Obama economists: Rosier picture if budget passed

by Jim Kuhnhenn, Associated Press
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In this Feb. 25, 2014 file photo, President Barack Obama speaks about manufacturing innovation institutes, in the East Room of the White House in Washington. President Barack Obama’s top economists say the nation is on track to make economic progress over the next two years, but say it would do even better if Congress would enact the additional spending he proposed in his most recent budget. A divided Congress in an election year is not likely to heed that call. (AP Photo/Jacquelyn Martin, File)

In this Feb. 25, 2014 file photo, President Barack Obama speaks about manufacturing innovation institutes, in the East Room of the White House in Washington. President Barack Obama’s top economists say the nation is on track to make economic progress over the next two years, but say it would do even better if Congress would enact the additional spending he proposed in his most recent budget. A divided Congress in an election year is not likely to heed that call. (AP Photo/Jacquelyn Martin, File)

WASHINGTON (AP) — President Barack Obama’s top economists say the nation is on track to make economic progress over the next two years, but add it would do even better if Congress would enact the additional spending he proposed in his most recent budget. A divided Congress in an election year is not likely to heed that call.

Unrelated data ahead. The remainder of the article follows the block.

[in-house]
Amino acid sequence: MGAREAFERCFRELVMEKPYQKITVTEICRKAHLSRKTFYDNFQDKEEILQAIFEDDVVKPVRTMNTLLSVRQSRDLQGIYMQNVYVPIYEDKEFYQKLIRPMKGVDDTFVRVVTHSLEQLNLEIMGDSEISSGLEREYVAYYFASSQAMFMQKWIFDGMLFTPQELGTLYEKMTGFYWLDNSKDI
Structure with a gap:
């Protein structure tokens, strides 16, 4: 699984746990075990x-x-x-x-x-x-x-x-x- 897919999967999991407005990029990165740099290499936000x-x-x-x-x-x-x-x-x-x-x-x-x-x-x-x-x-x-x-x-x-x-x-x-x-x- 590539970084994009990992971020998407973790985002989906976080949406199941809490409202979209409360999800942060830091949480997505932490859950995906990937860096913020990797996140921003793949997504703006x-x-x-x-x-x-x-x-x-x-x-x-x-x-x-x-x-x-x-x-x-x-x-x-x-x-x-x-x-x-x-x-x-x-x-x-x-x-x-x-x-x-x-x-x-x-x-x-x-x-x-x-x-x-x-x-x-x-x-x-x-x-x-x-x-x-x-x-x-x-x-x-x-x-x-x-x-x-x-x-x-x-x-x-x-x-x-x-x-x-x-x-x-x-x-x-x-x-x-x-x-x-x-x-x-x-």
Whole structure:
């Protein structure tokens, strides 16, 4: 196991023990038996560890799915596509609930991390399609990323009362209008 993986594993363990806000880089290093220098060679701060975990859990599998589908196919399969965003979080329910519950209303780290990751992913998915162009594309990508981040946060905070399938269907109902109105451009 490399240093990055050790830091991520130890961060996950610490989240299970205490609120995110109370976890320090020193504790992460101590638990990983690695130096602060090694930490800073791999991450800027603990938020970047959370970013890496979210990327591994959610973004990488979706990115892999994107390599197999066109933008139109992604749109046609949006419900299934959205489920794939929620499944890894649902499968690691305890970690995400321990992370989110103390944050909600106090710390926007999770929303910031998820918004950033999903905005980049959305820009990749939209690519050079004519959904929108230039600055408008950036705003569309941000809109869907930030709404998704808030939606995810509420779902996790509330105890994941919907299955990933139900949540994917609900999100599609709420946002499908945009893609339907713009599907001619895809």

In their annual report to the president, the Council of Economic Advisers says the nation’s economy would grow by 3.3 percent in 2014 and 3.5 percent in 2015. It adds that unemployment would drop to 6.4 percent in 2015 and 6 percent in 2016. February’s unemployment rate was 6.7 percent.

That forecast assumes that Congress would approve $56 billion in spending that is above the limits set in a bipartisan budget agreement earlier this year.

 

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